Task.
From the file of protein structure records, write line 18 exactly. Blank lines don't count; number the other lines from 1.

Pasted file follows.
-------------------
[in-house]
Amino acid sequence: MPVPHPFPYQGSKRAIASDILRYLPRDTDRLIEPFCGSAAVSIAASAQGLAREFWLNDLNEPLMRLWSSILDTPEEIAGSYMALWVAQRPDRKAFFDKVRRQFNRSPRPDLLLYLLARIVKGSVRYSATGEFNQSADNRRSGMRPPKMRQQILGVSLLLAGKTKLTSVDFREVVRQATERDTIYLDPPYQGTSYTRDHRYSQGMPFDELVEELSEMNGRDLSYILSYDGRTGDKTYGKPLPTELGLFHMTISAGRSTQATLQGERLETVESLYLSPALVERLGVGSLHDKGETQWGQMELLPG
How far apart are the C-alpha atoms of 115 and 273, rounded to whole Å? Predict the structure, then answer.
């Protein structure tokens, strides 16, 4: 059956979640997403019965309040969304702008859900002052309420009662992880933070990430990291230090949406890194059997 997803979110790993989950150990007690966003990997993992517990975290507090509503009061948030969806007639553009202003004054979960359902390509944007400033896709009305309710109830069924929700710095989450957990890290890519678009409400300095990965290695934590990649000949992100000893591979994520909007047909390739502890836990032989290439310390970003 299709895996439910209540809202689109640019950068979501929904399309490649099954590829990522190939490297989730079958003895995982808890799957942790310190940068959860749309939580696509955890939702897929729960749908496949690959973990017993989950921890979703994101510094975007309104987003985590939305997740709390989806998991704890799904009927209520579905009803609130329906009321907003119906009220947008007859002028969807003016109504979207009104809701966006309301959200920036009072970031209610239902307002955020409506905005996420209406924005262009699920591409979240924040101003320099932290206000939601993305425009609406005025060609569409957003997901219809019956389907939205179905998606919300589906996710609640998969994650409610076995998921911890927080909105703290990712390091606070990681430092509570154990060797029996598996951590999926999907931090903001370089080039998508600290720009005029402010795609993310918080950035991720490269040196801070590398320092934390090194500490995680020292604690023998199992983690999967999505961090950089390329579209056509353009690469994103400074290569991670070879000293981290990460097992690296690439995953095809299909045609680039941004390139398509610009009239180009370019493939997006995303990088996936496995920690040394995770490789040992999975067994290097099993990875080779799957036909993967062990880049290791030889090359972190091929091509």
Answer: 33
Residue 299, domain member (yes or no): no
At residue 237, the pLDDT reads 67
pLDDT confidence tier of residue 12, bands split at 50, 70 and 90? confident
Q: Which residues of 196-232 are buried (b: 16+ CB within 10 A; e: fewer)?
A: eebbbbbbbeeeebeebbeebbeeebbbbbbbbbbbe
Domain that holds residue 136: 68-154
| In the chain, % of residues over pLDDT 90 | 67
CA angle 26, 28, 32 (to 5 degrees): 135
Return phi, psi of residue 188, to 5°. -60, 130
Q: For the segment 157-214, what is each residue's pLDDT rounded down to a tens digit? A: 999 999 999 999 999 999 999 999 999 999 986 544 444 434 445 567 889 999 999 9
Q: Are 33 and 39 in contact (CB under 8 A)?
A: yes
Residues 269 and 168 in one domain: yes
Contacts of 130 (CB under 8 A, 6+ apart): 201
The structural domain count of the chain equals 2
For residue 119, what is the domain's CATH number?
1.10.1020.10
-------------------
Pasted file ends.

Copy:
Residues 269 and 168 in one domain: yes